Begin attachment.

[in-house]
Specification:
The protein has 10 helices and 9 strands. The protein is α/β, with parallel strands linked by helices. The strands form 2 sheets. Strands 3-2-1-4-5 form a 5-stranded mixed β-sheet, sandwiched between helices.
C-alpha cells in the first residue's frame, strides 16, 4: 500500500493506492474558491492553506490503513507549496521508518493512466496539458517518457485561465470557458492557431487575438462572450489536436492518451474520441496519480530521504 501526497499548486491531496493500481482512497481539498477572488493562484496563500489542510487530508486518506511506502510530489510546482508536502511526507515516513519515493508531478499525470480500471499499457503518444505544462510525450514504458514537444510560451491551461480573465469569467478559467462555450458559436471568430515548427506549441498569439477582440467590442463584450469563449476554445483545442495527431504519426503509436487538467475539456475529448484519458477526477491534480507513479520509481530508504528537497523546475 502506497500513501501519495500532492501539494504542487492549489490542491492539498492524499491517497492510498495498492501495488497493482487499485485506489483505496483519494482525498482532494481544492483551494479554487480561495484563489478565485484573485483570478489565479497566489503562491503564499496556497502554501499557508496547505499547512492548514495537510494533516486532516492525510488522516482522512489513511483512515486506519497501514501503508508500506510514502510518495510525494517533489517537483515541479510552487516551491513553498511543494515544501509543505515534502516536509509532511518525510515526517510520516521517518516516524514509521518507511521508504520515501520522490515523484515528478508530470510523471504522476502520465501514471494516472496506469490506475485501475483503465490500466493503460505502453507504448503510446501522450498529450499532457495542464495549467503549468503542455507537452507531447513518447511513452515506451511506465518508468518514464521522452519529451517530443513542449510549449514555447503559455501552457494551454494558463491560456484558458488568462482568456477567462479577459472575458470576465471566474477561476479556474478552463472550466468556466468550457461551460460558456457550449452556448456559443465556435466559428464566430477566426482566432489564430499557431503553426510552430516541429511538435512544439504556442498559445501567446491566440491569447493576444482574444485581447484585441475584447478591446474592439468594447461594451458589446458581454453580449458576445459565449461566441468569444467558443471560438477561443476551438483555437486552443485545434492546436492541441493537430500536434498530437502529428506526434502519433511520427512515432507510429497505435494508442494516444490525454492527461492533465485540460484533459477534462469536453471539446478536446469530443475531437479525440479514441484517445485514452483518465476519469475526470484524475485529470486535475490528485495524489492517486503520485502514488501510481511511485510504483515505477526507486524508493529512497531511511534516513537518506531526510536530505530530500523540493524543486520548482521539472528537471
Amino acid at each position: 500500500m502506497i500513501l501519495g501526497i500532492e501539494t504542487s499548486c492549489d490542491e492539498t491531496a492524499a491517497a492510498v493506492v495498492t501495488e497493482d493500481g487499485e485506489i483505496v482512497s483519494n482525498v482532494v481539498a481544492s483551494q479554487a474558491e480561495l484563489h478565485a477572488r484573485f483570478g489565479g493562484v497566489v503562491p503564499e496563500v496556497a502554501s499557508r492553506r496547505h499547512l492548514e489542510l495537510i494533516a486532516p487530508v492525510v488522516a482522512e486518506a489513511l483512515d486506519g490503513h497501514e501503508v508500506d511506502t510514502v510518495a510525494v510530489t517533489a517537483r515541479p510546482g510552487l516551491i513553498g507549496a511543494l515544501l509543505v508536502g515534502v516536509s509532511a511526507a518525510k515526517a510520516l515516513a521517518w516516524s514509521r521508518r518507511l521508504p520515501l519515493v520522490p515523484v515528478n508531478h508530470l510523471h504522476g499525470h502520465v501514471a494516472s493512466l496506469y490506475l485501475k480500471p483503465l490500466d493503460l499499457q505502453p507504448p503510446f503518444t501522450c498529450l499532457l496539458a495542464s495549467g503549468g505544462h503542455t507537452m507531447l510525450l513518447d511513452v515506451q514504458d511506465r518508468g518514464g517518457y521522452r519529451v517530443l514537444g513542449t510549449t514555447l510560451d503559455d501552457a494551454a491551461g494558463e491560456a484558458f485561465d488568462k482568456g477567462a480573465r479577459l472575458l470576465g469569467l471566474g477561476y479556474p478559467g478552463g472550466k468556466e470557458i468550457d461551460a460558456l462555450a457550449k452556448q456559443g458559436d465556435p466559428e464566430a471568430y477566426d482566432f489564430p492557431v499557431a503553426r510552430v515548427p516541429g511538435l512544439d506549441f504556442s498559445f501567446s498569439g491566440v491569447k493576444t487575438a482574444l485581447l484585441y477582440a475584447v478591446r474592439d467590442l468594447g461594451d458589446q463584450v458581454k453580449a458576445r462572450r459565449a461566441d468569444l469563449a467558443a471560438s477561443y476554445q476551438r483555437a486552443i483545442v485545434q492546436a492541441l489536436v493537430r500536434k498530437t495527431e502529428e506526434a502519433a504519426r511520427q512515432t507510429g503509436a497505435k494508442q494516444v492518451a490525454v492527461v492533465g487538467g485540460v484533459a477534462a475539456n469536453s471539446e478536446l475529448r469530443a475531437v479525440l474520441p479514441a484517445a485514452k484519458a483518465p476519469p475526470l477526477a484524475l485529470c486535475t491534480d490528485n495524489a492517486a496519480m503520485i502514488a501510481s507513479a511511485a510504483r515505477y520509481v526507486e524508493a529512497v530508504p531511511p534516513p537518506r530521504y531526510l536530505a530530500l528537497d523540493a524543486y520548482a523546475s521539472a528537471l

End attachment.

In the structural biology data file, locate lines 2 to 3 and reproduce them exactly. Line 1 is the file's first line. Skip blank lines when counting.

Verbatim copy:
Specification:
The protein has 10 helices and 9 strands. The protein is α/β, with parallel strands linked by helices. The strands form 2 sheets. Strands 3-2-1-4-5 form a 5-stranded mixed β-sheet, sandwiched between helices.